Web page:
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When the Patient Is a Gold Mine: The Trouble With Rare-Disease Drugs

With a flagship treatment that helps fewer than 11,000 people, how is Alexion making so much money?
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A single treatment of Soliris costs more than $18,000.

A single treatment of Soliris costs more than $18,000.

Source: Alexion

Kerry Owens, a doctor in Oklahoma City who specializes in kidney disorders, was stunned by the call to her mobile phone in September 2015. She and a team of specialists were treating a new mother from nearby Enid, whose health had begun to deteriorate after giving birth. The doctors ran countless tests but couldn’t pinpoint what was wrong. Briefly they worried it might be an extremely rare and potentially fatal blood disorder called atypical hemolytic-uremic syndrome, or aHUS, which afflicts about 1 in 500,000 people each year. They put the patient on a drug called Soliris, which had recently been approved to treat the condition. But her health continued to decline, so they stopped the Soliris infusions.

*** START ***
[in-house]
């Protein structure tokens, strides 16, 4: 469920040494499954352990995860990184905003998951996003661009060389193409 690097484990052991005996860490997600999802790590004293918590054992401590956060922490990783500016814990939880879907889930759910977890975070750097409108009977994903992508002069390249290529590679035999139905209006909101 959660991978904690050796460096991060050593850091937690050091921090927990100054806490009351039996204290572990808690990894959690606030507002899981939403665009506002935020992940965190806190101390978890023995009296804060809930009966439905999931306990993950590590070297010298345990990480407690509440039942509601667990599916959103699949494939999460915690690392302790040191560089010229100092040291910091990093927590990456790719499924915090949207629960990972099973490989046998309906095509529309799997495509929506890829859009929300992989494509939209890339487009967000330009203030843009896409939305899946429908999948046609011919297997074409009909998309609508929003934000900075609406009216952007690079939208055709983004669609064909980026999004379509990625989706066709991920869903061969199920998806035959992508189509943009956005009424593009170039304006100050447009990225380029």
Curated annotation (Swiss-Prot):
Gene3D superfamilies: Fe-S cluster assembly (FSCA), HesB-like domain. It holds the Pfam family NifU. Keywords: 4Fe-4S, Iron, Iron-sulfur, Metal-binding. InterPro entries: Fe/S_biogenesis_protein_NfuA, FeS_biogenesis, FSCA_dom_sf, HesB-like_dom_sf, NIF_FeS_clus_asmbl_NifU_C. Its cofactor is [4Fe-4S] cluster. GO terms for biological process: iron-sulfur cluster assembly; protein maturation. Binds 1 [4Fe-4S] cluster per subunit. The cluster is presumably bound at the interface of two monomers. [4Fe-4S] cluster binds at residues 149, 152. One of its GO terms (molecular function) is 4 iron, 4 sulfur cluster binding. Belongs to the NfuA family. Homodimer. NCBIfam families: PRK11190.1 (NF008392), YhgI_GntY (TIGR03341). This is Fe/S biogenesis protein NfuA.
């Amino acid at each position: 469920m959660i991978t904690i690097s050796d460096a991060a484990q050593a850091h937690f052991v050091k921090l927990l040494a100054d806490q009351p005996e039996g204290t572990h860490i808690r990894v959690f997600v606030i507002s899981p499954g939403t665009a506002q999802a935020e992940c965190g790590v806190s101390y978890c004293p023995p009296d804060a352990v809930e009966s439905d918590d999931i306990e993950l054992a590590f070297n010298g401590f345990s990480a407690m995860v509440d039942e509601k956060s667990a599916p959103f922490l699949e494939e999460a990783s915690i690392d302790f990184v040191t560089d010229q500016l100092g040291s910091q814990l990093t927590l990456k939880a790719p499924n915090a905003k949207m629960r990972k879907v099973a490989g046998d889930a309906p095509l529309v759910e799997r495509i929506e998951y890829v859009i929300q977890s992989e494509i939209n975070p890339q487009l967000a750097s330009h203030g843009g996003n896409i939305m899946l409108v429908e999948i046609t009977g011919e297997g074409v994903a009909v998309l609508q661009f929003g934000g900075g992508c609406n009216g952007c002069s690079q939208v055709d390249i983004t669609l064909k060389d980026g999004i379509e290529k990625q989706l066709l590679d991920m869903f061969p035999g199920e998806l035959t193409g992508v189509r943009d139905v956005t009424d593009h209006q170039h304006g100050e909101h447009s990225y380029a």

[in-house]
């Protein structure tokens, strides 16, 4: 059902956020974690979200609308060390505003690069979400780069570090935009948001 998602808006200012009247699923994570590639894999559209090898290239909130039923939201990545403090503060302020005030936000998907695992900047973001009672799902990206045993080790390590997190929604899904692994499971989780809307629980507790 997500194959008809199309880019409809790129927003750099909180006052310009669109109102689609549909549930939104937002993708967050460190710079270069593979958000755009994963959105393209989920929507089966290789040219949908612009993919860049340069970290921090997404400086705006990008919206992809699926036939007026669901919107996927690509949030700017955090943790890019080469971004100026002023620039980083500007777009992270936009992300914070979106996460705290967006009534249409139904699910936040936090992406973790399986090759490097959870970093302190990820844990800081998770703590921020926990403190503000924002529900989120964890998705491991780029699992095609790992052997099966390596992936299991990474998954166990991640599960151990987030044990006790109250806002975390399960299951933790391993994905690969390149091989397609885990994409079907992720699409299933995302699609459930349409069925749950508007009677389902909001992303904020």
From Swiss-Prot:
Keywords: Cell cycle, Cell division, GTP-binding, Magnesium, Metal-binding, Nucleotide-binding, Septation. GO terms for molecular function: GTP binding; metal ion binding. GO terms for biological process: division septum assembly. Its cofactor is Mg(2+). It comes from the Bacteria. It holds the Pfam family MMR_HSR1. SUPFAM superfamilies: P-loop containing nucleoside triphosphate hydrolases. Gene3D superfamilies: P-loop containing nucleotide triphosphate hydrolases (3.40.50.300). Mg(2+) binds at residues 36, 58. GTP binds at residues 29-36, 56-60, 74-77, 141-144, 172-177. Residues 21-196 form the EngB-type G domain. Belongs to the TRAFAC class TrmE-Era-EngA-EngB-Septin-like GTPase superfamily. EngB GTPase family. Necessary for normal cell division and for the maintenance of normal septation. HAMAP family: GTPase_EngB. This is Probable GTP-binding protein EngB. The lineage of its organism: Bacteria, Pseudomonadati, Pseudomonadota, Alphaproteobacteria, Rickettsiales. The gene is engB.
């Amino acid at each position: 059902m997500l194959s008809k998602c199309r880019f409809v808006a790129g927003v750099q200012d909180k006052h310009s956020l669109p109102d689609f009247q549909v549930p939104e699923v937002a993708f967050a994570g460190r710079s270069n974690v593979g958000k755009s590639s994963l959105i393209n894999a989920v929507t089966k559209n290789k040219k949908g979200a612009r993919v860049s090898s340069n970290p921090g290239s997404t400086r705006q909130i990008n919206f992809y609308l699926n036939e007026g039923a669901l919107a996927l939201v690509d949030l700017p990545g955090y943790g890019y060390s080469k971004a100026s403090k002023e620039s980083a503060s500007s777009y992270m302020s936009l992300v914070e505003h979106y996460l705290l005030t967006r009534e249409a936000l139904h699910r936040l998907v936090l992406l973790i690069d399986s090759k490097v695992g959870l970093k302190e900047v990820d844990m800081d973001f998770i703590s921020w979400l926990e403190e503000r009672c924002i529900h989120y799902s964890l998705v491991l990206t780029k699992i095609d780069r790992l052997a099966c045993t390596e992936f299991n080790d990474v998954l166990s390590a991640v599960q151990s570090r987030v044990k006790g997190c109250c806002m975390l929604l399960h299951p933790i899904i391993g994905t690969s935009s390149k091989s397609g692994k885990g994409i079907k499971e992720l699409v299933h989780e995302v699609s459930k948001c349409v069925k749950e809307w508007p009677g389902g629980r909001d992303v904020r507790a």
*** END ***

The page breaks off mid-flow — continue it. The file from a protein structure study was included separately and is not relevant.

Now a sales rep was on the other end of Owens’s phone from Alexion Pharmaceuticals Inc., the New Haven-based maker of Soliris—one of the world’s most expensive drugs, typically priced from $500,000 to $700,000 a year.